Lots of people seem to like the bridges I make for my builds, and I've often said they're quite simple to make. It's not really my design - it's similar to a banjo bridge and there are a few other builders on CBN who use similar bridges. I've been meaning to do a how-to for a while, so here we go:

I start off with a bit of scrap wood, most likely an offcut from the fretboard. For these two I am using walnut and maple, but any hardwood is fine. The little bone pieces are from a 80x10x3mm bridge blank which I cut into 4 pieces. I mark the bridge's full length, then mark where to drill to make the slope on the top and the 'arches' on the bottom. I work out the height the bridge needs to be first, then subtract the 3mm for the bone and mark it out on the wood.

I carefully drill out the holes with the piece clamped to a scrap of wood to prevent tear out.

Now the bridges are cut out and are beginning to take shape. Next the bone pieces are glued onto the tops of the bridges. I use superglue for this.

The bone is glued on and the tape is removed. Time for some sanding.

I clamp a piece of 60 grit sandpaper to my bench and sand the bridge at an angle to blend the bone and wood, and to make a 'sharp' peak along the top of the bone. This is also handy for flattening the bottom of the bridge. the curves are done with the rounded corner of a sanding block.

These are both finished now after being sanded to 180 grit.

A few coats of Danish oil and they're done! Measure the string spacing you want to use and carefully file some shallow grooves with a triangle needle file.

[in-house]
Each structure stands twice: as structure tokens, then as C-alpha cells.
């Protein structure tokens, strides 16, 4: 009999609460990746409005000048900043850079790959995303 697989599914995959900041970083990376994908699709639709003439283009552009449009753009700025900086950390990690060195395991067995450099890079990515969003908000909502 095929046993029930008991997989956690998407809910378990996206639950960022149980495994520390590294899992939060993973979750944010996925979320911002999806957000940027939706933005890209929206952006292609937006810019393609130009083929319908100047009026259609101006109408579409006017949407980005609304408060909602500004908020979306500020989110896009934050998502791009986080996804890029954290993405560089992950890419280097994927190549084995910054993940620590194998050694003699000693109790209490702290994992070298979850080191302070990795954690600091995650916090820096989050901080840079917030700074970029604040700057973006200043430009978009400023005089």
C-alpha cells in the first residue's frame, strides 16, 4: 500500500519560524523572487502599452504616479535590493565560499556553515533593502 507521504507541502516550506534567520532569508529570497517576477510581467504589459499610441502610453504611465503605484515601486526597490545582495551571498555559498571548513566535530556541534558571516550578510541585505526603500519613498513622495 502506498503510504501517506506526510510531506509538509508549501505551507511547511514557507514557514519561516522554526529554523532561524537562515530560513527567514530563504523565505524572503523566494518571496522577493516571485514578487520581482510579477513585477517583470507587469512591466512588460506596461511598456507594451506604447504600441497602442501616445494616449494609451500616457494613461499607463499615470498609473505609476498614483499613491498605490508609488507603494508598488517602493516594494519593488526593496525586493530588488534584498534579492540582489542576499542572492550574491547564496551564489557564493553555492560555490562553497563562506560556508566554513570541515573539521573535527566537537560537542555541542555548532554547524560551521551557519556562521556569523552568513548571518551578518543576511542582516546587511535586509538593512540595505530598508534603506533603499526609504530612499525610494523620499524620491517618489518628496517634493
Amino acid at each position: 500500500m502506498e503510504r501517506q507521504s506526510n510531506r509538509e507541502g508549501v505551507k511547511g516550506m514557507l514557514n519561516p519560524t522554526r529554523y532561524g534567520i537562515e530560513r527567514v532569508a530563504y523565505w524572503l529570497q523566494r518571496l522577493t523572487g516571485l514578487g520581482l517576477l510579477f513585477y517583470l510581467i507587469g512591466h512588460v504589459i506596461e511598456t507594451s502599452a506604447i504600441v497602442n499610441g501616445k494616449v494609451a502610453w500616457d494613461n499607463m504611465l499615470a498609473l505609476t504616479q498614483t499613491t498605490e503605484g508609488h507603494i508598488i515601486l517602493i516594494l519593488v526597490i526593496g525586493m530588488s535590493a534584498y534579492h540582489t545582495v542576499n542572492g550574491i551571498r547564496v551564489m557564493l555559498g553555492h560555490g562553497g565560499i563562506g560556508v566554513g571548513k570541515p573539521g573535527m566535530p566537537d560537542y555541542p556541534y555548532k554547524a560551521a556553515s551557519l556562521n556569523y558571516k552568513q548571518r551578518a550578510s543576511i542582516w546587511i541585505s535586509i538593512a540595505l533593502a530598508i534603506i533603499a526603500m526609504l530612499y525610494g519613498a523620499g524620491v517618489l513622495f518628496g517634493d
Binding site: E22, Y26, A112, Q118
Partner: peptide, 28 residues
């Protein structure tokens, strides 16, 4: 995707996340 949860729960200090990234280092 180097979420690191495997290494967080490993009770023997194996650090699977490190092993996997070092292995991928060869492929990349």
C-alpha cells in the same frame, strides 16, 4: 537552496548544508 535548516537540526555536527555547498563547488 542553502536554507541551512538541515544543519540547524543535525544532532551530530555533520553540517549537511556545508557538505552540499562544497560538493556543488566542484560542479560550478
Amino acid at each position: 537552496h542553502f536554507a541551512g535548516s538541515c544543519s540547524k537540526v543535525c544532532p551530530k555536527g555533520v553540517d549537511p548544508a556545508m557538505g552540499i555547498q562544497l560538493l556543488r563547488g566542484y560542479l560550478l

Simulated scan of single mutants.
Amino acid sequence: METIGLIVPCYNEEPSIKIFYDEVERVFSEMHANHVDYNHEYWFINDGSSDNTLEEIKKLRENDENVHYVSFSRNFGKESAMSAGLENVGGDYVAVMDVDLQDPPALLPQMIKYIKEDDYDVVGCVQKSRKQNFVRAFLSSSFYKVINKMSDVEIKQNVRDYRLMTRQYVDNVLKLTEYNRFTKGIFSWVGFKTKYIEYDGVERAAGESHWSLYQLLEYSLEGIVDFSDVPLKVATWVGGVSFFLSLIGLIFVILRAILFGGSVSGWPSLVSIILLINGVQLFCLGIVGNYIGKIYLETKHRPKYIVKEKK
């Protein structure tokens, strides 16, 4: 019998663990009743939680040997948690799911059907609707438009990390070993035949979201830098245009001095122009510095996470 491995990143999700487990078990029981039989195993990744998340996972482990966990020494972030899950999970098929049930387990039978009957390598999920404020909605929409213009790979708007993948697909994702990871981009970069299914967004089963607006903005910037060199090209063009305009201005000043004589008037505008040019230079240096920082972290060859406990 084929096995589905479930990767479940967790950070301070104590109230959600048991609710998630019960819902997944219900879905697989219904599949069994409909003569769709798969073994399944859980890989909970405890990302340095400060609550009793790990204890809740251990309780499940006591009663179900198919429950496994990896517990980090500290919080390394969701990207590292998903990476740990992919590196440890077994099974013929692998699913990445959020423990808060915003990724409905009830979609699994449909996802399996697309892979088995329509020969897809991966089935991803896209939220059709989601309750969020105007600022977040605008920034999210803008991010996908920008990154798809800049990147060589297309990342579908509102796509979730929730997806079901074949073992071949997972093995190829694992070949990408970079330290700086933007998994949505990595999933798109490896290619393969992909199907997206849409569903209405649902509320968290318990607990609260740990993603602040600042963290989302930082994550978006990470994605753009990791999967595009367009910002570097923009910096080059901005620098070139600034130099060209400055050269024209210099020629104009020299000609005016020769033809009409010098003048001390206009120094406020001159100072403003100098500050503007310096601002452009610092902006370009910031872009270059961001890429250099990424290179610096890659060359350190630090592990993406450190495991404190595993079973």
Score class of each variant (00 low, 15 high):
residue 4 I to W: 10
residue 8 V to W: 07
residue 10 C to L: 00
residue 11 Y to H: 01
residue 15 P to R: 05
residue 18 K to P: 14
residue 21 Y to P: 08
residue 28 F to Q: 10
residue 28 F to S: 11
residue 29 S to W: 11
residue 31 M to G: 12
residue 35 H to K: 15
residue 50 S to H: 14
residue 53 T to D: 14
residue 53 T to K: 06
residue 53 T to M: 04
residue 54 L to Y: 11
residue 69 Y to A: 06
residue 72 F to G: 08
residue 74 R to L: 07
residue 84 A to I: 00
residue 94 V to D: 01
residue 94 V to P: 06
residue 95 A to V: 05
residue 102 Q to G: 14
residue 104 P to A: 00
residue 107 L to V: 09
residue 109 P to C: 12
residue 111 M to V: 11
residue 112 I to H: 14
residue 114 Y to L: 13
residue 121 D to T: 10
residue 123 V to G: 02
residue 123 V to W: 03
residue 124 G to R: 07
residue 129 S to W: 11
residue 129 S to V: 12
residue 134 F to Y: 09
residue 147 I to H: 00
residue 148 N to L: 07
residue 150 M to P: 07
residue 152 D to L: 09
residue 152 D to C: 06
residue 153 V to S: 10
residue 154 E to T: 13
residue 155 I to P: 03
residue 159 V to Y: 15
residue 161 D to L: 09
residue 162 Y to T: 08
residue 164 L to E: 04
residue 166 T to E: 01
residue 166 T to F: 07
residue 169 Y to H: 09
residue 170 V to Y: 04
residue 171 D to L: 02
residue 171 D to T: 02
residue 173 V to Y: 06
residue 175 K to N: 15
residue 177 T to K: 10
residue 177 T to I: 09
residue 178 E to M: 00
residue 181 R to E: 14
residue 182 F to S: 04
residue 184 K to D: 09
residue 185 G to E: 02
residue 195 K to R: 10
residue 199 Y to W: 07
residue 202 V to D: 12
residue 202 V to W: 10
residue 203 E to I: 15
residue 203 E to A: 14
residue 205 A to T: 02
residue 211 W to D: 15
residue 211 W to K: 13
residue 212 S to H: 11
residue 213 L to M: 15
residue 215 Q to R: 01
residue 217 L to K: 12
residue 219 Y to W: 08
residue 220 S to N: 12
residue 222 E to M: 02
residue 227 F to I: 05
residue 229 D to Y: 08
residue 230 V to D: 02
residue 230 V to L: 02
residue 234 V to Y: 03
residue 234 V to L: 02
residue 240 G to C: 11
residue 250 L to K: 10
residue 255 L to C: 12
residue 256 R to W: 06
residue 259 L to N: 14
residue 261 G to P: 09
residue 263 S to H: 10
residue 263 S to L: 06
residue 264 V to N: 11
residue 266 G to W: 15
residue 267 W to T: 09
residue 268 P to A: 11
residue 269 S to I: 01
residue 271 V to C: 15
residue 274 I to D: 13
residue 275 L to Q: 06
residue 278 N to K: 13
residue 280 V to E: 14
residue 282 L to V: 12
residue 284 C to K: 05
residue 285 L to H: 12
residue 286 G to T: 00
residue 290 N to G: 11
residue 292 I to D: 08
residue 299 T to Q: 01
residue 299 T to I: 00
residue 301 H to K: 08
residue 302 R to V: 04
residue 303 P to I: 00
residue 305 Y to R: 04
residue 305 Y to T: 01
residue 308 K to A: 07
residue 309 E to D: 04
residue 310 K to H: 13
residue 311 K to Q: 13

Of course there is plenty of opportunity for individual expression with this design. In the photo above I doubled up the thickness, so the blank was 1/2" thick, and used half a bone nut blank. I also went without the centre 'foot'.

I hope this has been of some use!

-Richey Kay

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Comment by Wayfinder on September 8, 2016 at 2:48pm

Are you discussing cutting rod piezos?  Yeah, that's tricky.  Be sure to cut in between the lumps.  Middle of the lump is where the piezo is.

Regarding the caps... usually .022 (uf?  pf?  someone help out here) or .047.  But a piezo may even be able to take higher.  I bought a whole set of caps just to test, but haven't got around to the experimenting stage yet.

Comment by Danny B. on September 8, 2016 at 2:34pm

On the glued and screwed through-brace, that's slick, and you get a big pocket under the top huh.